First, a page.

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Pandemic leaves six million people more afraid of becoming homeless

Posted 16 Mar 2021

Pandemic leaves six million people more afraid of becoming homeless 

Shelter’s helpline braces for deepening crisis in the year ahead 

One in seven adults (14%) – equivalent to more than six million people – in England are more worried about becoming homeless due to the pandemic, new research by Shelter reveals.  

With people’s incomes slashed, job losses mounting, and people hanging onto their homes by a thread, the charity expects the pressure on its frontline services to only grow. 

Eleanor Wilson, a Shelter helpline adviser recruited in response to the pandemic, said: “People are frightened, they’re scared they might do the wrong thing, they don’t know their rights and they’re really worried they will lose their home. People can be quite distressed and don’t know where to turn. It can be emotional because you feel responsible for every caller.” 

Unsurprisingly, Shelter’s latest poll carried out by YouGov, shows it is private renters who have fared the worst during the Coronavirus crisis. A staggering one in four private renting adults (27%) now fear becoming homeless (2.2 million people).  

Private renters are also almost twice as likely to feel depressed and anxious about their housing situation, compared with the general public (26%). In fact, nearly half (47%) of private renters say they are more depressed and anxious in light of the pandemic. 

These concerns are not unfounded when a quarter of private renters (2 million people) have seen their income decrease in the last six months, and many are struggling to pay their rent. In just the last month: 

  • 24% of private renters have had to borrow money to pay their rent  

  • 18% have cut back on food or skipped meals to pay their rent 

  • 12% have cut back on heating their home to pay their rent 

This worrying snapshot of the people struggling to get by during the pandemic chimes with the charity’s frontline services data, which shows two-thirds (63%) of calls answered by its emergency helpline in the last year were from people already homeless or at risk of homelessness.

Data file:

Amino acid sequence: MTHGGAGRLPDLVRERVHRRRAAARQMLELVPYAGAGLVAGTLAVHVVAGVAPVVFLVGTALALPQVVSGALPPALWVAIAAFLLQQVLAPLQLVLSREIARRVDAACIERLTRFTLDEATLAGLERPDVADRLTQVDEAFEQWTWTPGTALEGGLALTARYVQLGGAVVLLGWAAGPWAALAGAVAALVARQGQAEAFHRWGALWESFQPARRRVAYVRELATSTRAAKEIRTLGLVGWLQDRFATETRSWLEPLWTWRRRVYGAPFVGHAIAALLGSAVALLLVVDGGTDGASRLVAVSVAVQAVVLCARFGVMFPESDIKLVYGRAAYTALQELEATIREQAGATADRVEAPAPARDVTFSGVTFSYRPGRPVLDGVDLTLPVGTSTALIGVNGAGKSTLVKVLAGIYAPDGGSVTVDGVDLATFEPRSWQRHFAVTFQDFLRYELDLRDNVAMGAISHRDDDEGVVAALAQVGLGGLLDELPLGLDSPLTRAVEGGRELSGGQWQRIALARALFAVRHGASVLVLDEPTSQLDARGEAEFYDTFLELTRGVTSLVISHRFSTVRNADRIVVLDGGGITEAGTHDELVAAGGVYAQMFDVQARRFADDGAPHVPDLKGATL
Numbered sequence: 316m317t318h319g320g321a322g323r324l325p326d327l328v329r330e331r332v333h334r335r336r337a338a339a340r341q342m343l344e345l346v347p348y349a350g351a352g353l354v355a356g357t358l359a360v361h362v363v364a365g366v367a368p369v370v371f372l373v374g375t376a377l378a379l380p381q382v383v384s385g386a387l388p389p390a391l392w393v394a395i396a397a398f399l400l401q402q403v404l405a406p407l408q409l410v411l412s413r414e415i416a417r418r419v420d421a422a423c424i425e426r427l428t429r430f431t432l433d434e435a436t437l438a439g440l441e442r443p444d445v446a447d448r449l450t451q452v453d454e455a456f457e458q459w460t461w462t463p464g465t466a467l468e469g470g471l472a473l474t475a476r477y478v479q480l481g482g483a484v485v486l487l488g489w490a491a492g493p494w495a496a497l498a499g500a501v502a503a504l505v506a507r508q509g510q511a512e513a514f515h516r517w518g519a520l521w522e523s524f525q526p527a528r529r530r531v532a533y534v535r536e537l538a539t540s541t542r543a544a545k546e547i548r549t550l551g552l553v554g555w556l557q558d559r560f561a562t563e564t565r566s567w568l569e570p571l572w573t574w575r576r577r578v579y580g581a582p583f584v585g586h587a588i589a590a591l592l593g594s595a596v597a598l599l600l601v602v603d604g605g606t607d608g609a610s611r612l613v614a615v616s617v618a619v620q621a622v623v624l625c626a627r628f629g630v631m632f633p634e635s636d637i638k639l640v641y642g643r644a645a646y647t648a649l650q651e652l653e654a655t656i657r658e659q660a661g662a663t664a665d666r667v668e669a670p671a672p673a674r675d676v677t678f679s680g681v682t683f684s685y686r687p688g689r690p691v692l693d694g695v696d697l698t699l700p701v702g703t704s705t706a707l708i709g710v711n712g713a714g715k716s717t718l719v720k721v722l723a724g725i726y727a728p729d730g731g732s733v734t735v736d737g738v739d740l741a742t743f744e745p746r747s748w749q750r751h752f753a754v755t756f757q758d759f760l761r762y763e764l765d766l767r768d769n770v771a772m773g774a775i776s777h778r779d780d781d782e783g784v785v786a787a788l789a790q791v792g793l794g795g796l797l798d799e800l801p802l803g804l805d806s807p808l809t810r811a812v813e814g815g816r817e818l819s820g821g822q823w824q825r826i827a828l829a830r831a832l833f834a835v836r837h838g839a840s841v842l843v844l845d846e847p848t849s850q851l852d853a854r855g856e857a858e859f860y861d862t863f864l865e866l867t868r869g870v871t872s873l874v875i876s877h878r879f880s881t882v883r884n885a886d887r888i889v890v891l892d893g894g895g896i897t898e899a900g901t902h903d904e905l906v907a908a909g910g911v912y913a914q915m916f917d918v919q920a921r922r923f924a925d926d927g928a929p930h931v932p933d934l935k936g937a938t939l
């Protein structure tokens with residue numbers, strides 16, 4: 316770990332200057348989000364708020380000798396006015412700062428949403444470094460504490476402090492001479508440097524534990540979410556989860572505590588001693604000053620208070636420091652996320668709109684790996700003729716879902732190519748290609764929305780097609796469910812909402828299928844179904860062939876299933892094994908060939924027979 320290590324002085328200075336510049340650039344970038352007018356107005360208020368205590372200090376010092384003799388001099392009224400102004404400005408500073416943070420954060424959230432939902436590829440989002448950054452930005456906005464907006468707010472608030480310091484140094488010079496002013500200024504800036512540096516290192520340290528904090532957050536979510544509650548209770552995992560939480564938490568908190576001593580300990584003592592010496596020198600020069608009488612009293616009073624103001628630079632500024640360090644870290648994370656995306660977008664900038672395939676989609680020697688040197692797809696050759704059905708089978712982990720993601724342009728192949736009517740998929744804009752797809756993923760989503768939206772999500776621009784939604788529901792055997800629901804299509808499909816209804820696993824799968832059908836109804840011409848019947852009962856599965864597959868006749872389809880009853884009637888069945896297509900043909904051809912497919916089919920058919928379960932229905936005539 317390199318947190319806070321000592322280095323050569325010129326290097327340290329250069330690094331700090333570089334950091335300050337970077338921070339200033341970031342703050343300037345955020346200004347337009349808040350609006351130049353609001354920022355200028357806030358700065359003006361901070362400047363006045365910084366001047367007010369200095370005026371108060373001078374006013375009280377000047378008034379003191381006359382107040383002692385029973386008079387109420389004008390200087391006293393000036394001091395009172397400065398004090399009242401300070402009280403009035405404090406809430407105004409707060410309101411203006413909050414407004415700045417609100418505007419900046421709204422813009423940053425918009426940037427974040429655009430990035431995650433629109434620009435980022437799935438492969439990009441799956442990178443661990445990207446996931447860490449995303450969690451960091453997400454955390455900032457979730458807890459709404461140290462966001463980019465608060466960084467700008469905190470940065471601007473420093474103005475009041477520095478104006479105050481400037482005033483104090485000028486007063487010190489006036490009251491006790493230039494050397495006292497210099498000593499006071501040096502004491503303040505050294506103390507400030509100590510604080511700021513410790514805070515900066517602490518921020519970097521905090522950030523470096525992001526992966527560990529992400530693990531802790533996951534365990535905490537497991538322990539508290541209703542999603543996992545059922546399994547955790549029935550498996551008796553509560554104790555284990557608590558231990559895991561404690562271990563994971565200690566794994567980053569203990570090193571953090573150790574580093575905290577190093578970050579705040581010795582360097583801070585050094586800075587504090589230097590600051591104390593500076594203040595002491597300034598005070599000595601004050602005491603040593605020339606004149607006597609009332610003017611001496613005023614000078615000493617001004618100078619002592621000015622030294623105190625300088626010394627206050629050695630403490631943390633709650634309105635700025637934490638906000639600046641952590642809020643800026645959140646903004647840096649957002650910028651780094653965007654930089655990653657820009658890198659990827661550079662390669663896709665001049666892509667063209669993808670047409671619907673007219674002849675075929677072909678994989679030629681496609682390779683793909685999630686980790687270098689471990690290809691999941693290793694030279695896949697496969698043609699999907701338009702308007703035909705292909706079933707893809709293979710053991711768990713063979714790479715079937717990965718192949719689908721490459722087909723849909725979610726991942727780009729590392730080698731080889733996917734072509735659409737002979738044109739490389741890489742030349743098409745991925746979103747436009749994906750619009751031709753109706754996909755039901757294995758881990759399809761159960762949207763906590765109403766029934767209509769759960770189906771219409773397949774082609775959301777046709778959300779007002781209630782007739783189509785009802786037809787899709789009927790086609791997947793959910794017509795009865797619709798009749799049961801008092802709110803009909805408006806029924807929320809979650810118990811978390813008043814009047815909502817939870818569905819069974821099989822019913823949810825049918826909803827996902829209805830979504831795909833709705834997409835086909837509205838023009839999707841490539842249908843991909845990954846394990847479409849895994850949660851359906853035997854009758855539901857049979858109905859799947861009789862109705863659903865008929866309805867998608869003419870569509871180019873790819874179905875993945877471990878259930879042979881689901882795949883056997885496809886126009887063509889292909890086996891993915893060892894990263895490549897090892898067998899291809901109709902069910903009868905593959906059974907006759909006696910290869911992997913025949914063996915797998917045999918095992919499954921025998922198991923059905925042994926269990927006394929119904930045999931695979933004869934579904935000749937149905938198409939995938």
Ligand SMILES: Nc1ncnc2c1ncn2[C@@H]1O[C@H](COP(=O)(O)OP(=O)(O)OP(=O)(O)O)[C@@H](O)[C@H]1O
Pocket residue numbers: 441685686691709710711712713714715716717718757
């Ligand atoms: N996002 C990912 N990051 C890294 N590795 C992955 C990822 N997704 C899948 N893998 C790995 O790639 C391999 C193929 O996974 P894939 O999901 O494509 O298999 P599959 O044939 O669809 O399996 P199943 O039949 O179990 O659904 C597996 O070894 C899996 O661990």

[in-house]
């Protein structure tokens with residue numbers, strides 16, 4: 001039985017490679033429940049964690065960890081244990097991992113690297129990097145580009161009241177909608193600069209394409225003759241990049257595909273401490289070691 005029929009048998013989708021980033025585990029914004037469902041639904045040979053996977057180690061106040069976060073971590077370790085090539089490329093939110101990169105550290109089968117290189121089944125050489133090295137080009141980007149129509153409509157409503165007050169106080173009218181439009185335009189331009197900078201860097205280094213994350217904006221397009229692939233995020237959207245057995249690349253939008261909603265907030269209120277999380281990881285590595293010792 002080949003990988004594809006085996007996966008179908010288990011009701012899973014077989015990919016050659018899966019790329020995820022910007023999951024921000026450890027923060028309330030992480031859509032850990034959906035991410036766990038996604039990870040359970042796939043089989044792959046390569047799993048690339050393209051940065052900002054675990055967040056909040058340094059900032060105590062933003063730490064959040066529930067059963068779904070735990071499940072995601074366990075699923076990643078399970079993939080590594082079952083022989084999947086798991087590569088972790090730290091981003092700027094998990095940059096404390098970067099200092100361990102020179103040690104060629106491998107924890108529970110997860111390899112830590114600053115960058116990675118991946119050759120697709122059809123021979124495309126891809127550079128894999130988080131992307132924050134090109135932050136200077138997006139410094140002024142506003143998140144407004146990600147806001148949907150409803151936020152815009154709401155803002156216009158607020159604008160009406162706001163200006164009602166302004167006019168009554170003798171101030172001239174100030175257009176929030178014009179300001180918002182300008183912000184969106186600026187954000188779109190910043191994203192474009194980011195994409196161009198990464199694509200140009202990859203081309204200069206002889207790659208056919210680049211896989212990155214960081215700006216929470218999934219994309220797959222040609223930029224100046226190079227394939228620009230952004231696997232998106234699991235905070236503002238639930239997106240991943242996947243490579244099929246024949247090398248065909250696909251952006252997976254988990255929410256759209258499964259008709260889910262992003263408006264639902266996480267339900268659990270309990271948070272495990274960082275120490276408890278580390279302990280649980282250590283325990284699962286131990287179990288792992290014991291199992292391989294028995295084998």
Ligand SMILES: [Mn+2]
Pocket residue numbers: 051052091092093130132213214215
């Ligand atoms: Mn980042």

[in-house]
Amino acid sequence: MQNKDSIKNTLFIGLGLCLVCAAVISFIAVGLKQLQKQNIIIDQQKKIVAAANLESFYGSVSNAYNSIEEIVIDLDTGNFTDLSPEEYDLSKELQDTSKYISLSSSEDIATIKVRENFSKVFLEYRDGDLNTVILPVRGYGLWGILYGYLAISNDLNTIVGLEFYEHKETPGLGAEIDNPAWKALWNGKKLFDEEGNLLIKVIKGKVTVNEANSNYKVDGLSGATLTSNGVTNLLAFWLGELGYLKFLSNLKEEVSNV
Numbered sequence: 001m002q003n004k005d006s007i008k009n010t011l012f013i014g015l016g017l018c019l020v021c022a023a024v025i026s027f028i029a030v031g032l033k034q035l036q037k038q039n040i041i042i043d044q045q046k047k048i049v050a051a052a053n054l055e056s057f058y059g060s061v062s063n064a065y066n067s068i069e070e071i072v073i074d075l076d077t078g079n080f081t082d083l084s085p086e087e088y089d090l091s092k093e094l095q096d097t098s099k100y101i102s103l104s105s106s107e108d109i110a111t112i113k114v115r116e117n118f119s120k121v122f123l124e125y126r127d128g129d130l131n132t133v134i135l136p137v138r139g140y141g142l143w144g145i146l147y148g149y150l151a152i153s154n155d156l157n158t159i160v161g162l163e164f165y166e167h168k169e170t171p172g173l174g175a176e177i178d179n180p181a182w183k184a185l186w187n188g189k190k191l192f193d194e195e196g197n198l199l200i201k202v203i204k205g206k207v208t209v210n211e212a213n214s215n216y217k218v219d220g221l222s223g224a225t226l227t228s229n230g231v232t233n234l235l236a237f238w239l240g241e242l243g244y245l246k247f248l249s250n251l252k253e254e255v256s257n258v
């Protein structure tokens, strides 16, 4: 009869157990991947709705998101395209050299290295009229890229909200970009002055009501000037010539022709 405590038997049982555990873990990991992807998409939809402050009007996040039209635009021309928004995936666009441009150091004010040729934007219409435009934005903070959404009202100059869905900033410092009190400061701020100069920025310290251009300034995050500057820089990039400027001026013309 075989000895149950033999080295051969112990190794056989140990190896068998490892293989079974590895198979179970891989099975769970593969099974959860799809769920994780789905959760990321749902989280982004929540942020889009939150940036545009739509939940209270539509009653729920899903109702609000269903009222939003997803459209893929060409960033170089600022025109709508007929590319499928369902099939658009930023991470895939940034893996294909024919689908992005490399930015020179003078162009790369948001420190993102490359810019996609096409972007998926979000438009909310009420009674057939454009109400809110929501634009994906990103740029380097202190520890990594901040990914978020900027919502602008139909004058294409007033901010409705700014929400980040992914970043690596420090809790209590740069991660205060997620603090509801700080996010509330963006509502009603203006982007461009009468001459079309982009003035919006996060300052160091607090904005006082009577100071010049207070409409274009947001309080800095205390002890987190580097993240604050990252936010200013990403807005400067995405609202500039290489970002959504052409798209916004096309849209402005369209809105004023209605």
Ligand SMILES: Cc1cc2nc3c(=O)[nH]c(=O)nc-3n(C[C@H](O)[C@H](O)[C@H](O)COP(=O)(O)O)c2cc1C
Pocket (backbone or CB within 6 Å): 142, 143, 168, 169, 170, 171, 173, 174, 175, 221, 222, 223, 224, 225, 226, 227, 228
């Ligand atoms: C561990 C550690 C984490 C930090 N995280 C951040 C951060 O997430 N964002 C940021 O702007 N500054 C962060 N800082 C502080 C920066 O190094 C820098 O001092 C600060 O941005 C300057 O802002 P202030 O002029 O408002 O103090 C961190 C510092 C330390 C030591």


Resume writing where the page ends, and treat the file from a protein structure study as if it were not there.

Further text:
To meet demand for its emergency services, Shelter has already taken on 26 new housing advisers and doubled the number of calls answered by its free helpline. In a bid to maintain this extra capacity and help more people during the rocky months ahead, the charity has launched an urgent appeal for public support – Lives on the Line

Polly Neate, chief executive of Shelter, said: “Through our helpline we have seen just how scared people are about their homes and their futures. People’s lives are literally on the line. They are desperately struggling, and the threat of homelessness is very real. 

“At Shelter we are working hard to keep people safe in their homes. Thanks to the generous support of the public and our partners we have been able to answer double the number of calls, but we need to keep this up if we are going to weather the coming storm. To make sure we can always be on the other end of the line, we’re asking the public to support our appeal.” 

Shelter helpline adviser, Eleanor Wilson, continued: “I started working at Shelter’s emergency helpline in September. One of the most surprising things is the sheer volume of people who are teetering on the edge of homelessness. There are now a lot more of us to answer the phone, but the amount of calls is just relentless. 

“The helpline is so important. When people get through to us they've often called everyone else and they’re running out of options. When we are able to offer support, advice, and an action plan – it's fantastic. I’ve got people off sleeping on the streets, kept people from being illegally evicted, and found last minute emergency accommodation for families facing homelessness that very night.” 

Case study: Shaiso, 36, from London was working as a wedding planner and living in staff accommodation at the hotel where she worked.  She was made redundant in November and lost her home too. Shaiso got support and advice from Shelter and is now living in temporary accommodation.